Canada's Condominium Magazine
Chances are that some Canadians have been disheartened by recent events both here and in the United States, events that have shown humanity’s darker, less progressive side. But this week, officially designated International Development Week, the light will be shone on Canada’s efforts to promote poverty reduction in the developing world and to support sustainable development globally. The group Engineers Without Borders (EWB) Canada, which promotes international cooperation and development in a variety of initiatives mainly in Sub-Saharan Africa, celebrates this commitment, but it also says Canada is falling short.
EWB surveyed over 500 Canadians in late January, most of them under the age of twenty-nine years. The results show, says EWB, that younger Canadians “overwhelmingly” believe that Canada should respond to humanitarian and natural disasters, should promote access to health care for women, children and youth, should promote gender equality, and should fight climate change. However, they do not think that the federal government under Justin Trudeau is doing enough. Only 9 per cent believe that Canada has been “very” successful at fighting climate change.
The group explains in a backgrounder that Canada has done quite a lot since 2015—committed $804 million to a fund set up to fight malaria, AIDS and TB; announced $2.6 billion for a green climate fund; welcomed 31,000 Syrian refugees; announced a new commitment to fund women’s reproductive health programs.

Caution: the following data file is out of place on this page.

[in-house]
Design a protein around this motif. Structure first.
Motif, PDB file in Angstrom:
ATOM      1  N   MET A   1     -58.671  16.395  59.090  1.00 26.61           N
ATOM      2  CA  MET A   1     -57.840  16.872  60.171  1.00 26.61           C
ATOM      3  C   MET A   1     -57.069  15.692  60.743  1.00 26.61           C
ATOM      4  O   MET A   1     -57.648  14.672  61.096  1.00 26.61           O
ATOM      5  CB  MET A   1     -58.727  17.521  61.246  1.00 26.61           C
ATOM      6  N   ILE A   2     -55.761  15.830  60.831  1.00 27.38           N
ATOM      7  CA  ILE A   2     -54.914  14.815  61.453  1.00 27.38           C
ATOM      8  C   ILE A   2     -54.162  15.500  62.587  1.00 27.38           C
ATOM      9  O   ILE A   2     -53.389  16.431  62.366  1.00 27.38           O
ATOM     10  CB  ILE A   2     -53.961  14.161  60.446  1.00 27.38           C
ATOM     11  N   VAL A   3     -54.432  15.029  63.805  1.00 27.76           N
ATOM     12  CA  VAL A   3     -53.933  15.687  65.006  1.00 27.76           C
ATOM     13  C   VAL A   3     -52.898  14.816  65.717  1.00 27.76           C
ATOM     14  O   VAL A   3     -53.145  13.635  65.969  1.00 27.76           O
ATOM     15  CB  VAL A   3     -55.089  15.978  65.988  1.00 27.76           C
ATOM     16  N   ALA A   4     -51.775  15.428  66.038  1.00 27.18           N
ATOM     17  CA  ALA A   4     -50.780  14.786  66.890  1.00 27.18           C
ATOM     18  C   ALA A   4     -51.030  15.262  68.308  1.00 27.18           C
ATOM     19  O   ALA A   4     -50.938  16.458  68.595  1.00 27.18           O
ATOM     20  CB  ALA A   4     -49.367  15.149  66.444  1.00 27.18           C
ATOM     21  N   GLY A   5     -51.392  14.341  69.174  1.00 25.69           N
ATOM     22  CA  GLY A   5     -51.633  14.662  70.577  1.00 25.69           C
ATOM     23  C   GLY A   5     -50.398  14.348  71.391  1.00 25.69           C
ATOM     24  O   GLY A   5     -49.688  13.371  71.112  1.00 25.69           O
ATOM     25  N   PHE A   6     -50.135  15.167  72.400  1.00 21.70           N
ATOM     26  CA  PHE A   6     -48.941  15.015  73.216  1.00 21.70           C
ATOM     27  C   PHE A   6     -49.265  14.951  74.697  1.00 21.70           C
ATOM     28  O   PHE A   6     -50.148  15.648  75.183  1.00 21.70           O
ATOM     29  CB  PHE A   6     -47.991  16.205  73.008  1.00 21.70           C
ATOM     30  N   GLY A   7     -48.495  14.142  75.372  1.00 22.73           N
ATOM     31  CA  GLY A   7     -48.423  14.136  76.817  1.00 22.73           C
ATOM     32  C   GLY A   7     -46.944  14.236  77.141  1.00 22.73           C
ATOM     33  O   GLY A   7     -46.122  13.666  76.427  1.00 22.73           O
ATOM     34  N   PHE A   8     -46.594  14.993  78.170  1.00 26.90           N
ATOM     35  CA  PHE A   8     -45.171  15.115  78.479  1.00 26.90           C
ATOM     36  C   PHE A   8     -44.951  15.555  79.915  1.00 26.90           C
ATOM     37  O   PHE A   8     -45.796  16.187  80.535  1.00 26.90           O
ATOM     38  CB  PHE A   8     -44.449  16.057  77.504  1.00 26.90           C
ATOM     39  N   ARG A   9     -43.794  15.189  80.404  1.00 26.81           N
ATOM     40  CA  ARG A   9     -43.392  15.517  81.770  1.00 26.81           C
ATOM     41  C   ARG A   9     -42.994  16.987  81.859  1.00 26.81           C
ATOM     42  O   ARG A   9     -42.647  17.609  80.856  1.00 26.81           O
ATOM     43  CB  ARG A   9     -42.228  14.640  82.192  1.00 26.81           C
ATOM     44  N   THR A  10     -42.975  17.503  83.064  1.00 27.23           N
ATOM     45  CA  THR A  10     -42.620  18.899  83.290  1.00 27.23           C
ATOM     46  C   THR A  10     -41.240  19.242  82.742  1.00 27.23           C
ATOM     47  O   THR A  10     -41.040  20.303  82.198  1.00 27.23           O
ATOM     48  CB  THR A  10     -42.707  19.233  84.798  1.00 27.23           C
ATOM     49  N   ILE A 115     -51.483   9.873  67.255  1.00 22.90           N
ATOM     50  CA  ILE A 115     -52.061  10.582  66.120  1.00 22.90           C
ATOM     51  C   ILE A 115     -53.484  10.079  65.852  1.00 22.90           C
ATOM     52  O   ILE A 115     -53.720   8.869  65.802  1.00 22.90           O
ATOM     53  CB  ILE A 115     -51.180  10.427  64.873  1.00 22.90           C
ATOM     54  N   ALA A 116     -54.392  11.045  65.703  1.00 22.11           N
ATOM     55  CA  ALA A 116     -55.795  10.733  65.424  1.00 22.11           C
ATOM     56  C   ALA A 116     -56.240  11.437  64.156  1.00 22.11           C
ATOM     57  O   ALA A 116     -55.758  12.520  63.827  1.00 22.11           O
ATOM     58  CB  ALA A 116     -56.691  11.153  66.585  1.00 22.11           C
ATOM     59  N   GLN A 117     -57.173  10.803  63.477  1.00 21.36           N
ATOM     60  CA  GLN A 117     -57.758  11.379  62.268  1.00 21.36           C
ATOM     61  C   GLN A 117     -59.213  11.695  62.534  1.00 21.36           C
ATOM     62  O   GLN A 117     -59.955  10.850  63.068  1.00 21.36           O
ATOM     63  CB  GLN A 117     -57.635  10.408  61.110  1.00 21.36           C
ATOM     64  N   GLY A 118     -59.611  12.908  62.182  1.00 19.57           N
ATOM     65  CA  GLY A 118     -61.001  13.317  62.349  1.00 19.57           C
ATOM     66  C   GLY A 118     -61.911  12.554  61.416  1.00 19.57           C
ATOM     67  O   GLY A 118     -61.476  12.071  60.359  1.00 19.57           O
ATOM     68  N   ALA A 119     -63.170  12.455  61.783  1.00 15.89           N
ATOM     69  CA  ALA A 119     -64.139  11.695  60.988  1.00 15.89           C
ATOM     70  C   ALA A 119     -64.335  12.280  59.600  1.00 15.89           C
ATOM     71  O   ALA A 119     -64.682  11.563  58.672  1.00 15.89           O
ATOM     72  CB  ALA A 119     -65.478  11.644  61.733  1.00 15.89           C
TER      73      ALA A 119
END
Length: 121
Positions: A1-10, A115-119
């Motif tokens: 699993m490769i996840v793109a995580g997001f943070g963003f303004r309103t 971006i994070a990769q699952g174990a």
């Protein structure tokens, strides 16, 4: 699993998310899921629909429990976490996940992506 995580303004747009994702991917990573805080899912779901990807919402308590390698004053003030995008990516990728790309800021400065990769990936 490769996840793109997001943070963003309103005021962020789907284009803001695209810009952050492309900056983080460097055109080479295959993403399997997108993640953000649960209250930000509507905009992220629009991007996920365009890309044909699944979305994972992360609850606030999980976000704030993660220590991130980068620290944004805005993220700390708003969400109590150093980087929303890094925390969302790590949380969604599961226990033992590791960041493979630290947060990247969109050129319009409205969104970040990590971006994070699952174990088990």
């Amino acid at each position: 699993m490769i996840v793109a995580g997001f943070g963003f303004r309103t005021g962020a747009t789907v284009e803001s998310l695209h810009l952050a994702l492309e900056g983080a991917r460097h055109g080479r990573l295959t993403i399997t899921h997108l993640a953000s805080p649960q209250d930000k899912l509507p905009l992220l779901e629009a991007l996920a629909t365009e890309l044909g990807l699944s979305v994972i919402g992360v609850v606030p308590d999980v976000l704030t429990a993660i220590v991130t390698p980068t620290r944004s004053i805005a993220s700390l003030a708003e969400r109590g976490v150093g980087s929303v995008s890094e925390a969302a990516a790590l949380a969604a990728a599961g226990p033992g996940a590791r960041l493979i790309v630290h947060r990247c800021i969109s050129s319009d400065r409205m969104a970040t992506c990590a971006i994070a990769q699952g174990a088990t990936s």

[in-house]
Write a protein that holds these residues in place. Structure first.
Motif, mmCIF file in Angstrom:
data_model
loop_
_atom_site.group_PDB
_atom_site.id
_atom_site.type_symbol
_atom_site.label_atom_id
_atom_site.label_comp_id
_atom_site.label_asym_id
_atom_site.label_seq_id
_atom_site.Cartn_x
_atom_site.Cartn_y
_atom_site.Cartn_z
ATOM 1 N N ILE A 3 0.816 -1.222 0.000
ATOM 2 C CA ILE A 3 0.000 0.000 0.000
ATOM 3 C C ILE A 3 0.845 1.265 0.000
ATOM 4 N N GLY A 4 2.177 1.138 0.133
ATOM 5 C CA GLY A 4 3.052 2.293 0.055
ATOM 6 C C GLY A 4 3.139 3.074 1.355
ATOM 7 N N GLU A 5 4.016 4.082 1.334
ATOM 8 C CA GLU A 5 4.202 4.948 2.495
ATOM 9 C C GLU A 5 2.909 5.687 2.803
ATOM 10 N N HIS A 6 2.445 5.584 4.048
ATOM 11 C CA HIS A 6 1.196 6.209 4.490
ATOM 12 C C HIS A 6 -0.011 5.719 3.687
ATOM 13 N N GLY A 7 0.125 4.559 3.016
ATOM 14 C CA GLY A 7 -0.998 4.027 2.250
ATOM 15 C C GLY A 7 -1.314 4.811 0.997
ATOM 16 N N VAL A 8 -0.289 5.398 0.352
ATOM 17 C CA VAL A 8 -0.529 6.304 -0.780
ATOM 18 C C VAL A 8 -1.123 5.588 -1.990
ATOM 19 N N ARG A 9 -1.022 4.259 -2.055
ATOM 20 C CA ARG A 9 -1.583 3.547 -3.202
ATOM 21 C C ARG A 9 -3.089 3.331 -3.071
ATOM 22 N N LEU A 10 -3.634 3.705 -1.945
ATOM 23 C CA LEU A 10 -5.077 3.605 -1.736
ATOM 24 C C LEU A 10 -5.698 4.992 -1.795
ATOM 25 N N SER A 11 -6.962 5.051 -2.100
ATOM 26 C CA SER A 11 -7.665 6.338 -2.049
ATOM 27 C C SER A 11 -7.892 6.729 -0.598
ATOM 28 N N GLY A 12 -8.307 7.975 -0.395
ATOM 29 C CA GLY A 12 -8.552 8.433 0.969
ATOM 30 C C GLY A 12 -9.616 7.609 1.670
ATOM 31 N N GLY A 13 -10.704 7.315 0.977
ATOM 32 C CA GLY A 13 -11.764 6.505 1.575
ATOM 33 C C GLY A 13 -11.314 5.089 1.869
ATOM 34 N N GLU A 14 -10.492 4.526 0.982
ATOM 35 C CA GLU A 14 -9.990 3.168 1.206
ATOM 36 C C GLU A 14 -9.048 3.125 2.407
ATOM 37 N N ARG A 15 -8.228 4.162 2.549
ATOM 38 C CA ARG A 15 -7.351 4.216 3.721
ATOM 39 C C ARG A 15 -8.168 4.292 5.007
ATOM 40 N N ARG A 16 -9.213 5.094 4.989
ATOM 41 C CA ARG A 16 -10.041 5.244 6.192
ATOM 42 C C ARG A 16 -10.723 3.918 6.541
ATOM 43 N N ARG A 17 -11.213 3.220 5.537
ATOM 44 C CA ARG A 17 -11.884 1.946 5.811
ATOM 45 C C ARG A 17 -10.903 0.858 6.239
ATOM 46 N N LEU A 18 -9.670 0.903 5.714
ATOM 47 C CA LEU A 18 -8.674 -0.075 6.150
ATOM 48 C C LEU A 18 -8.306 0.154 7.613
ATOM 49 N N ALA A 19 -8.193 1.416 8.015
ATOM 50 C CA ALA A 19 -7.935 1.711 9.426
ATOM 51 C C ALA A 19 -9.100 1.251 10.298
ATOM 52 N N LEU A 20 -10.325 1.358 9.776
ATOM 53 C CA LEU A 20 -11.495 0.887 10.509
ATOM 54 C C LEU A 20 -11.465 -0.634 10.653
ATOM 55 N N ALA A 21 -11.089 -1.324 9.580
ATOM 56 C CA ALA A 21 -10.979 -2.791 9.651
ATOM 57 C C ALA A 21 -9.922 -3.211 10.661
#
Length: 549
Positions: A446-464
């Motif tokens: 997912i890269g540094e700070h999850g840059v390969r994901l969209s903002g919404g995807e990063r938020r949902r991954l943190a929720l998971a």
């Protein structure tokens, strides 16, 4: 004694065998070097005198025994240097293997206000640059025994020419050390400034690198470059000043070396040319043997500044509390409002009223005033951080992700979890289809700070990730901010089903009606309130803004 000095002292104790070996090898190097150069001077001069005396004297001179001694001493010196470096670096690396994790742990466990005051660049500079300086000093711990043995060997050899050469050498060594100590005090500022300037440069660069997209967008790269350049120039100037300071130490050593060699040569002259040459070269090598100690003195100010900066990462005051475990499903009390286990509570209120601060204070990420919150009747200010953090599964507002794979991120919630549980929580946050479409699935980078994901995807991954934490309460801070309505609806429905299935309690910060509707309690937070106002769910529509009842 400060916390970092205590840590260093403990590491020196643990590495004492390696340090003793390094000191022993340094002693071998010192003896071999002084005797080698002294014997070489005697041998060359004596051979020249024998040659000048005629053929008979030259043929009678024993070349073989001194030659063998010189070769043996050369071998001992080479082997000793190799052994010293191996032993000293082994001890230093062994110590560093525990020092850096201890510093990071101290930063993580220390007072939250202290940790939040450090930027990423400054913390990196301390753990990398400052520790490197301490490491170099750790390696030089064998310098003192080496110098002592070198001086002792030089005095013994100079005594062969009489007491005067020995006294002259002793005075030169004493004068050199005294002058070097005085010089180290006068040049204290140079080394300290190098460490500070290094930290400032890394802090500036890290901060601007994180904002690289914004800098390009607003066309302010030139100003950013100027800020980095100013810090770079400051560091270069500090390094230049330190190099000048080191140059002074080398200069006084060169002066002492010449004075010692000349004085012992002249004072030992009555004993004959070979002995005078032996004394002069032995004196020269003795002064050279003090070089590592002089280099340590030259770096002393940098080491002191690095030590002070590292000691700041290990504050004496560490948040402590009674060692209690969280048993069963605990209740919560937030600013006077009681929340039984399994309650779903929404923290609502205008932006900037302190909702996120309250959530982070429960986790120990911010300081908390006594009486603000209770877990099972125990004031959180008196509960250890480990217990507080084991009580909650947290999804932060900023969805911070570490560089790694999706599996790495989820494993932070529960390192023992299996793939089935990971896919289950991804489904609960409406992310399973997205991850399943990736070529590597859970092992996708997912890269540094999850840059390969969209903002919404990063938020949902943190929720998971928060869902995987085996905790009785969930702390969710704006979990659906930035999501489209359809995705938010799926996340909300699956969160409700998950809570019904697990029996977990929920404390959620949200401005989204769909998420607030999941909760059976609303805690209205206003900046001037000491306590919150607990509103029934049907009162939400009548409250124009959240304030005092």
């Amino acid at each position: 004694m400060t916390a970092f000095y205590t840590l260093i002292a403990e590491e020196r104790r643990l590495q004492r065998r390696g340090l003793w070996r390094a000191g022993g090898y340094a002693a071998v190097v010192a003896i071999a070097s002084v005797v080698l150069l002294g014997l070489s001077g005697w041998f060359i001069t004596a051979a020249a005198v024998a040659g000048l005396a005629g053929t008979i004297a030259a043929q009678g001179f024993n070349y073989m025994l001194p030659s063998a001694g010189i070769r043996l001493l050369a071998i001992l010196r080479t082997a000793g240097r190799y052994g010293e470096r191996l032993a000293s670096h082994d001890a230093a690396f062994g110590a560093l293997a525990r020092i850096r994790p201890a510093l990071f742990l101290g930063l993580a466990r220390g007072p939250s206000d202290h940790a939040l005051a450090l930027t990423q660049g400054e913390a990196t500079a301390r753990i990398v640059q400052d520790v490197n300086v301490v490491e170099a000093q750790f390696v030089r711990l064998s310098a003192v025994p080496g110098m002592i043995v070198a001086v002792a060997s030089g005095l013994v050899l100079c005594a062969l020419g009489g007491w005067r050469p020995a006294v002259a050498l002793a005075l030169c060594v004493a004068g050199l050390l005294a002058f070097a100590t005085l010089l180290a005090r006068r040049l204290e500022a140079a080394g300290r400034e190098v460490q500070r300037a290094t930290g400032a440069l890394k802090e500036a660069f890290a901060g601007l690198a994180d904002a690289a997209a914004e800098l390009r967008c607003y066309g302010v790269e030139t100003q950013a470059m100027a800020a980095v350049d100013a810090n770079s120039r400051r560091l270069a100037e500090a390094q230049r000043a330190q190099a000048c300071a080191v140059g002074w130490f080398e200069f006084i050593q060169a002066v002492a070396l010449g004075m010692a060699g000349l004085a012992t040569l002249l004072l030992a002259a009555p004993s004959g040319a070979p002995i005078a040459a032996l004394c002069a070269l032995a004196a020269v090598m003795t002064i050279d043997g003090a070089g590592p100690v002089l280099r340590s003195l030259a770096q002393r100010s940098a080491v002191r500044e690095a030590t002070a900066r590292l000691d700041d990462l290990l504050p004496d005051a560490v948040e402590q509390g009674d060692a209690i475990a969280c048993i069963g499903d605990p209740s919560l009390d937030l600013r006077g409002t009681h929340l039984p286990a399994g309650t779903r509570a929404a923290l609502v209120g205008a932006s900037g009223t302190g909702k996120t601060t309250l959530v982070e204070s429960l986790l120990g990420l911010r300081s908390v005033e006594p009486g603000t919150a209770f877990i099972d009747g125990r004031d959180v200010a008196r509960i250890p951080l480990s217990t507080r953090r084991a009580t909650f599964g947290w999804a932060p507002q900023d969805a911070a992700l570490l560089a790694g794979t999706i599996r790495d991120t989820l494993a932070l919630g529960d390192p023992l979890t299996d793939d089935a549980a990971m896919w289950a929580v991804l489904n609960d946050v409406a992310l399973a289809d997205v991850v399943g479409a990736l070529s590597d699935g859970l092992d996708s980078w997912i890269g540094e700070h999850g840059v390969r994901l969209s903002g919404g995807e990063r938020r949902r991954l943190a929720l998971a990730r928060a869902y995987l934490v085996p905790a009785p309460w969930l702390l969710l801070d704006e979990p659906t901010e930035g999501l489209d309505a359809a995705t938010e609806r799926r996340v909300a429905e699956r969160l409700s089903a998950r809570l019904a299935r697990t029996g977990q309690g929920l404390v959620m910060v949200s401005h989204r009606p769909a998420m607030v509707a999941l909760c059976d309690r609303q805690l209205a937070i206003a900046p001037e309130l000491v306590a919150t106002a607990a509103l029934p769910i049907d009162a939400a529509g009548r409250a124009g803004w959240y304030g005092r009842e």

Our vision is a world where everyone’s basic needs are met and where everyone can live to their full potential. Our mission is to catalyze changes that address the root causes of poverty and inequity by investing in people and ideas that will contribute to building an equitable and sustainable world.
However, the country still lags other G7 countries, and its levels of international development assistance are lower than they have been under any modern Canadian prime minister, it claims. The group, whose vision is a world in which “everyone’s basic needs are met,” is calling on Prime Minister Trudeau to better reflect Canada’s “progressive Canadian values” and make a stronger commitment to international development in the upcoming federal budget. Canada, it says, must increase its level of international assistance for the world’s poorest and most vulnerable peoples, so that that assistance is both “predictable” and long term.
Young Canadians want Canada to lead on these issues, EWB says, and they are looking to Justin Trudeau for that leadership. Only 35 per cent of young Canadians who responded to the survey believe the federal government is responsive to their views on international development.
The CEO of EWB Canada, Boris Martin, commented that in these “uncertain” times, it is imperative for Canada to champion international cooperation. The people who form EWB’s “active constituency of young voters” across Canada want Trudeau to “up his ambition” and do more for sustainable development.
The majority (87 per cent) believe that the new US administration will have a negative impact on global development; Canada should increase its investment in international development programs to counter this. The group wants the government to increase its annual international assistance envelope by 10 per cent annually through 2019-20.